Ghostrunner Comes to Switch
Is Switch the best home for cyberpunk ninja parkour? Our full review.
The screen turns bright red as the katana drops from your fingers. Sweaty palms grip the controller for one more go — and you’re in. Implants let you fly past the first guard before they know you’re there, leaving only a stain on the railing behind you. Their guns pulse with the music, but you slide through a barrage of shots to get personal. The sword, even as you put it to work glows purple with the neon lights of the city. Short screams give way to fountains of blood pooling on the slick metal walkways — but you’re already gone.
Lights, blood, and speed punctuate Ghostrunner as artificial legs take you flying through each of its tech-coated levels. The whole game is built on the principle of movement. You have to be fast but precise, brutal yet efficient if you want to save Dharma Tower from its tyrant. The concept is exciting and trendy. It capitalizes on the success of other difficult die-and-try-again formulas to promise a game that sounds too good to be true.
Ghostrunner strives to be as beautiful as Cyberpunk 2077, as violent and difficult as Hotline Miami, with the dedicated platforming of Mirror’s Edge. It’s nothing if not ambitious, but trying to fulfill the roles of so many other games leaves Ghostrunner without its own identity.
During my time with Ghostrunner, I fluctuated between awe and frustration. Enjoyment and confusion. From early on in the game victory feels satisfying. Slicing through Dharma Tower guards feels good in that Dark Souls kill sound kind of way, and finally FINALLY tearing through the last enemy in a level where you’ve died fifty times is electrifying.
However, on the Switch getting to those satisfying kills or trying to execute high-flying acrobatics is much harder than it needs to be.
When it comes to my taste in games, I can be pretty sadistic. I adore banging my head against the same boss over and over again until I finally defeat it. Ghostrunner nails that rush, but instead of overcoming an intelligent enemy I’m trying to beat floaty controls and chugging frame rates. Several times the game had such a difficult time running at my TV’s resolution that I had to switch to handheld mode for a chance at beating certain encounters. I played on an original Switch, but I haven’t heard any better reports coming from the revised console. When the game did run well, I still felt like I had to get lucky to not be randomly killed by a bullet in the back because of the imprecise controls.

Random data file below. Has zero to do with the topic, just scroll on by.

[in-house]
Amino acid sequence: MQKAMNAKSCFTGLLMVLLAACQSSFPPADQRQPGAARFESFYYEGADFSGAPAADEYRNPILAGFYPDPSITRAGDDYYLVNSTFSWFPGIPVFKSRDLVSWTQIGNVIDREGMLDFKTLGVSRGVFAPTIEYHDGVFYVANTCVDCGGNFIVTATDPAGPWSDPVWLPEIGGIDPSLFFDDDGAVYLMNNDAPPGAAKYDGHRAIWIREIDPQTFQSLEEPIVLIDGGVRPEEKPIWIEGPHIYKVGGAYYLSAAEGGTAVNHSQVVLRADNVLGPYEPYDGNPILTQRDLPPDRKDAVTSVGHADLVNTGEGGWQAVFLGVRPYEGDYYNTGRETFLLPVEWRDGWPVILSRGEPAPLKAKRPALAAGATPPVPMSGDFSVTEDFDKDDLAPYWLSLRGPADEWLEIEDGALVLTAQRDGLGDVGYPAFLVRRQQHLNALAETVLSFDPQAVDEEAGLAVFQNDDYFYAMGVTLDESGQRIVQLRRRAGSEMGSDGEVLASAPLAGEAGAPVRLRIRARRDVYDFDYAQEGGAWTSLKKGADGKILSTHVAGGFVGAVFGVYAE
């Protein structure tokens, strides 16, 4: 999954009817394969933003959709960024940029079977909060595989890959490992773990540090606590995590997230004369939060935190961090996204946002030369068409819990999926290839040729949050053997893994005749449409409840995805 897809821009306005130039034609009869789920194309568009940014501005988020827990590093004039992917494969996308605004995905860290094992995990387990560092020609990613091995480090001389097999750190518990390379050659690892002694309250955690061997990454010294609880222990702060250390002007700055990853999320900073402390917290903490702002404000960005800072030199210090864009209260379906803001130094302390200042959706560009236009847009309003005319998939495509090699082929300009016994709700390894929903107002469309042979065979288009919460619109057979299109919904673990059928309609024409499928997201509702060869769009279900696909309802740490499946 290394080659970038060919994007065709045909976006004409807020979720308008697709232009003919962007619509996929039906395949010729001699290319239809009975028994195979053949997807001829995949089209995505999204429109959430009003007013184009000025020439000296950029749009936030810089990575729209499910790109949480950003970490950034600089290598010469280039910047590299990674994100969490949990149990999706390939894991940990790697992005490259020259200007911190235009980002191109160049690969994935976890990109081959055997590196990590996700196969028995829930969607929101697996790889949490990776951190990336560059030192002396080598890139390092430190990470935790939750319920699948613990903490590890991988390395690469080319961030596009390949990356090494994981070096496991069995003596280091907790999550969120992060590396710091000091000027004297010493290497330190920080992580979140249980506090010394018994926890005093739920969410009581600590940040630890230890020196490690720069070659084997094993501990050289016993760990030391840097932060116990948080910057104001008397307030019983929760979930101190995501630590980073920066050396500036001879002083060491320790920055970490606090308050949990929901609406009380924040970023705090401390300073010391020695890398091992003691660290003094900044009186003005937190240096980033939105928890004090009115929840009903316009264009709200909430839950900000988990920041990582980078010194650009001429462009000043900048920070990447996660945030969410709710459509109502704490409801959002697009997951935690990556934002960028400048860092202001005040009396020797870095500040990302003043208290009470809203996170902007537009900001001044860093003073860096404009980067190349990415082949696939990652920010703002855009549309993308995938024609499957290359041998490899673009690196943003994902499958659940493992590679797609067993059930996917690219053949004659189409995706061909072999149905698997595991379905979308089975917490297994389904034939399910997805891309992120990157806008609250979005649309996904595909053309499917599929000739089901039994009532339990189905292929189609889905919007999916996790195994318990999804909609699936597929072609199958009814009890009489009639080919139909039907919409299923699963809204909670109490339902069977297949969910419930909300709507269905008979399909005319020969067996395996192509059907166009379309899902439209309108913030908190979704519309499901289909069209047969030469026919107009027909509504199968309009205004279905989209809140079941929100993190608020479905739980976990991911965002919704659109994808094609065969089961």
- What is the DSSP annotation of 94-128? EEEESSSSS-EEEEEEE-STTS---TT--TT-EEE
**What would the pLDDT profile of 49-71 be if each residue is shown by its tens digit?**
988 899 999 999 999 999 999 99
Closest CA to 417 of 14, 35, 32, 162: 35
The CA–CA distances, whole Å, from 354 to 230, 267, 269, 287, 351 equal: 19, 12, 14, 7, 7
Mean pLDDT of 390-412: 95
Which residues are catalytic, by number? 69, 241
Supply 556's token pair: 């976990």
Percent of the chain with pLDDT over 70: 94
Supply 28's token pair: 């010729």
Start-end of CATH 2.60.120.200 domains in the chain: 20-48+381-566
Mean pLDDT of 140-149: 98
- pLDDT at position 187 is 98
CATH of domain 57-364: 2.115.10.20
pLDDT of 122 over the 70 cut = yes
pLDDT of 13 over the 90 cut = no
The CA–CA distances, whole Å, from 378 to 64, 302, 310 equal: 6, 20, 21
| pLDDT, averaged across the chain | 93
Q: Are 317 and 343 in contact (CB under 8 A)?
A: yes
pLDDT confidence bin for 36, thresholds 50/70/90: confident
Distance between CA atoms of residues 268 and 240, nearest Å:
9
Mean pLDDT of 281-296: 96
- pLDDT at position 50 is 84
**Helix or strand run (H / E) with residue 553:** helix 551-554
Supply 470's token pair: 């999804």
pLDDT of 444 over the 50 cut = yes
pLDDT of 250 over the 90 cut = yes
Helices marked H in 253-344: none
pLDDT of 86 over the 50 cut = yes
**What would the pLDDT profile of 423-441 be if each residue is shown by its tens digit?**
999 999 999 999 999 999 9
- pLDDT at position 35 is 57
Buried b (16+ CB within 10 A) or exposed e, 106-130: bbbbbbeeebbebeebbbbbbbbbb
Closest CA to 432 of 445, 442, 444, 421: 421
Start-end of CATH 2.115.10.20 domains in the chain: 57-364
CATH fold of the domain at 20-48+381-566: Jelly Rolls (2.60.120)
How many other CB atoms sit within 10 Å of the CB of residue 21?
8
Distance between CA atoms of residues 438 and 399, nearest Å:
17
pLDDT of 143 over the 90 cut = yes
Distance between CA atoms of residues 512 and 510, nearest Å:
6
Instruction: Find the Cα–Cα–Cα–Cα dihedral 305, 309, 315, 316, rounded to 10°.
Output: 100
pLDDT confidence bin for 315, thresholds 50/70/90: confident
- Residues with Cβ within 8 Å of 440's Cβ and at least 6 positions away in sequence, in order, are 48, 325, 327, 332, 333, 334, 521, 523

The Switch version also has more than a few hiccups in the software. Some of the options don’t work, the buttons the game tells you to use can be wrong, and in one menu you have to use the joystick to control a mouse cursor that lets you use the menu. These small bugs littered my game but were usually nuisances rather than experience defining. I also encountered a few that forced me to reboot. The most prominent was when the grappling hook point to enter an encounter no longer worked, causing me to hilariously jump to my death over and over again while I mashed the grapple button repeatedly in desperation.
For all that, there are moments where the game succeeds. When you unlock the grappling hook the platforming suddenly becomes much easier and more exciting. In fact, every time I got an upgrade it felt flavorful and like an exciting addition to the gameplay. Using them is a different story, but being a cybernetic ninja getting upgraded letting you slow time or teleport is gonna be cool no matter what. One of my favorite things is how those upgrades are implemented. A little like NieR: Automata, you can plug upgrades in and remove them on the fly to change up your build. The plugging in is represented by a “circuit board” (See Tetris board)that you gradually unlock more sections of. Each upgrade is a Tetris piece that you can mix and match to try out any build. It’s a fun take on a minigame that I really liked.
Using those upgrades is often a tedious exercise on Switch, but when it works it really works. Lining up a long slash to fly through three different enemies instantly killing them is awesome. And slowing time for everyone else while you still move at ninja-speed made me feel powerful. I wish they leaned into that power fantasy more, but it’s a hard line to walk when you also want the game to feel difficult.
I really want to love Ghostrunner, it’s an ambitious project that was tailor-made for speedrunners. It feels like the developers wanted to take their favorite experiences of the last ten years and mash them together with a slick cyberpunk paint job. Most of the things holding the game back aren’t big on their own, but my experience was filled with little gripes. All those issues came together to sour an exciting project. Sadly for me, it was less memorable than the composite experiences that it pulls from.
If you’ve been excited about digging into Ghostrunner. I recommend that you try it for a different system, PC if possible. If you have a hankering for cyberpunk action on the Switch, I’d recommend a bite-sized version that is much more suited for the console: Akane.